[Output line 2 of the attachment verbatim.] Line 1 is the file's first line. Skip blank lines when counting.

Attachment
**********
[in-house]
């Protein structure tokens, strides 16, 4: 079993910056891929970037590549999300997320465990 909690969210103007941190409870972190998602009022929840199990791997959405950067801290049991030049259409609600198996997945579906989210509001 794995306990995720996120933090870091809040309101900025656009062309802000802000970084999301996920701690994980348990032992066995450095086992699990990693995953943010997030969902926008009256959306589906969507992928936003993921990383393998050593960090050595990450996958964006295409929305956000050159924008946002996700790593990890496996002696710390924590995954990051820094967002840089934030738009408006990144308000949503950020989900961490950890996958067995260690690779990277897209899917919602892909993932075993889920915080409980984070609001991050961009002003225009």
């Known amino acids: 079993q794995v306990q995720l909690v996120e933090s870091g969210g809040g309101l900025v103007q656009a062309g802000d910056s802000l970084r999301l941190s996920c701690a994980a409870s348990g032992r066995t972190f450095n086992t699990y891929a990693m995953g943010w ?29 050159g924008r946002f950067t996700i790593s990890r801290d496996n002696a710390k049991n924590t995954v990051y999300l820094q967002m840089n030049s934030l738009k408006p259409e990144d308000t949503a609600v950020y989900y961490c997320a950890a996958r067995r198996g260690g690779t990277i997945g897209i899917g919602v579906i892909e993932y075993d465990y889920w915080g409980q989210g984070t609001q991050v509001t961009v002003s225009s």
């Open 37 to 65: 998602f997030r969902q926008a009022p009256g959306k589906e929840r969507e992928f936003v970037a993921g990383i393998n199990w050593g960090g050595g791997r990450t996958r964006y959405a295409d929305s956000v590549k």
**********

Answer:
């Protein structure tokens, strides 16, 4: 079993910056891929970037590549999300997320465990 909690969210103007941190409870972190998602009022929840199990791997959405950067801290049991030049259409609600198996997945579906989210509001 794995306990995720996120933090870091809040309101900025656009062309802000802000970084999301996920701690994980348990032992066995450095086992699990990693995953943010997030969902926008009256959306589906969507992928936003993921990383393998050593960090050595990450996958964006295409929305956000050159924008946002996700790593990890496996002696710390924590995954990051820094967002840089934030738009408006990144308000949503950020989900961490950890996958067995260690690779990277897209899917919602892909993932075993889920915080409980984070609001991050961009002003225009």